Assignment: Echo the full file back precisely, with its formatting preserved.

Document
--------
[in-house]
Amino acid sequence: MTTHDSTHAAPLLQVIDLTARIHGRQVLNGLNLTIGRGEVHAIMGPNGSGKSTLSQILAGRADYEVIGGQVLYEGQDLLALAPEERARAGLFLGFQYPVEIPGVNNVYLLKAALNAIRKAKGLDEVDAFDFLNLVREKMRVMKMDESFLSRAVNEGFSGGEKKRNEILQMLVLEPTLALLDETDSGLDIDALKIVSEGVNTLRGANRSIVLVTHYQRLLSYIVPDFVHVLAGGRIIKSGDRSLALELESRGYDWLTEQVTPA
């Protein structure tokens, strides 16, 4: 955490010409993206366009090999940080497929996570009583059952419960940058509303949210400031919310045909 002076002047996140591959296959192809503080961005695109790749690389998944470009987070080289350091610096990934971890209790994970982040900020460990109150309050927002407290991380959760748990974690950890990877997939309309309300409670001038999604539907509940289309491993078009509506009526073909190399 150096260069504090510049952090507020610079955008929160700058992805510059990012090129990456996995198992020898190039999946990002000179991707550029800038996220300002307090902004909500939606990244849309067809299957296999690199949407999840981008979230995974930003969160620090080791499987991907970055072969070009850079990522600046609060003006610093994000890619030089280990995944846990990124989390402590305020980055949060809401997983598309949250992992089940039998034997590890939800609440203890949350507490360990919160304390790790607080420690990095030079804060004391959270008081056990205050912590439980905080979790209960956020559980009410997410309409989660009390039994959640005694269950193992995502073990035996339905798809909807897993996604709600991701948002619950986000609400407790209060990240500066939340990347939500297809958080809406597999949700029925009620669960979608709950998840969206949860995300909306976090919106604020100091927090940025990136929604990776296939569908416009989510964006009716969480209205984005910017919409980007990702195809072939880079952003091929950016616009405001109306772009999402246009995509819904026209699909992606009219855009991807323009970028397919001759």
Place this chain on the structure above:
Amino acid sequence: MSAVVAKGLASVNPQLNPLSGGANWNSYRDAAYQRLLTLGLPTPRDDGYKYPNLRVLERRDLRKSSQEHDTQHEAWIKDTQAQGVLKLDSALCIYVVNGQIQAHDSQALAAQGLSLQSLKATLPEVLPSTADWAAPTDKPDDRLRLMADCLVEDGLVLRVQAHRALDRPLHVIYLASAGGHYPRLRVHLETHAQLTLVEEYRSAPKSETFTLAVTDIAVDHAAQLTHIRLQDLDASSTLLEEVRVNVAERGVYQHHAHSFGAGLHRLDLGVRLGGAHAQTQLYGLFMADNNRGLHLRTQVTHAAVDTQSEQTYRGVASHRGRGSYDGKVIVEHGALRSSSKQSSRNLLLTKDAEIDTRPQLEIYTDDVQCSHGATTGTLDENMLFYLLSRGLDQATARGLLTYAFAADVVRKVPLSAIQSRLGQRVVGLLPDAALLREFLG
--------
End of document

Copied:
[in-house]
Amino acid sequence: MTTHDSTHAAPLLQVIDLTARIHGRQVLNGLNLTIGRGEVHAIMGPNGSGKSTLSQILAGRADYEVIGGQVLYEGQDLLALAPEERARAGLFLGFQYPVEIPGVNNVYLLKAALNAIRKAKGLDEVDAFDFLNLVREKMRVMKMDESFLSRAVNEGFSGGEKKRNEILQMLVLEPTLALLDETDSGLDIDALKIVSEGVNTLRGANRSIVLVTHYQRLLSYIVPDFVHVLAGGRIIKSGDRSLALELESRGYDWLTEQVTPA
């Protein structure tokens, strides 16, 4: 955490010409993206366009090999940080497929996570009583059952419960940058509303949210400031919310045909 002076002047996140591959296959192809503080961005695109790749690389998944470009987070080289350091610096990934971890209790994970982040900020460990109150309050927002407290991380959760748990974690950890990877997939309309309300409670001038999604539907509940289309491993078009509506009526073909190399 150096260069504090510049952090507020610079955008929160700058992805510059990012090129990456996995198992020898190039999946990002000179991707550029800038996220300002307090902004909500939606990244849309067809299957296999690199949407999840981008979230995974930003969160620090080791499987991907970055072969070009850079990522600046609060003006610093994000890619030089280990995944846990990124989390402590305020980055949060809401997983598309949250992992089940039998034997590890939800609440203890949350507490360990919160304390790790607080420690990095030079804060004391959270008081056990205050912590439980905080979790209960956020559980009410997410309409989660009390039994959640005694269950193992995502073990035996339905798809909807897993996604709600991701948002619950986000609400407790209060990240500066939340990347939500297809958080809406597999949700029925009620669960979608709950998840969206949860995300909306976090919106604020100091927090940025990136929604990776296939569908416009989510964006009716969480209205984005910017919409980007990702195809072939880079952003091929950016616009405001109306772009999402246009995509819904026209699909992606009219855009991807323009970028397919001759």
Place this chain on the structure above:
Amino acid sequence: MSAVVAKGLASVNPQLNPLSGGANWNSYRDAAYQRLLTLGLPTPRDDGYKYPNLRVLERRDLRKSSQEHDTQHEAWIKDTQAQGVLKLDSALCIYVVNGQIQAHDSQALAAQGLSLQSLKATLPEVLPSTADWAAPTDKPDDRLRLMADCLVEDGLVLRVQAHRALDRPLHVIYLASAGGHYPRLRVHLETHAQLTLVEEYRSAPKSETFTLAVTDIAVDHAAQLTHIRLQDLDASSTLLEEVRVNVAERGVYQHHAHSFGAGLHRLDLGVRLGGAHAQTQLYGLFMADNNRGLHLRTQVTHAAVDTQSEQTYRGVASHRGRGSYDGKVIVEHGALRSSSKQSSRNLLLTKDAEIDTRPQLEIYTDDVQCSHGATTGTLDENMLFYLLSRGLDQATARGLLTYAFAADVVRKVPLSAIQSRLGQRVVGLLPDAALLREFLG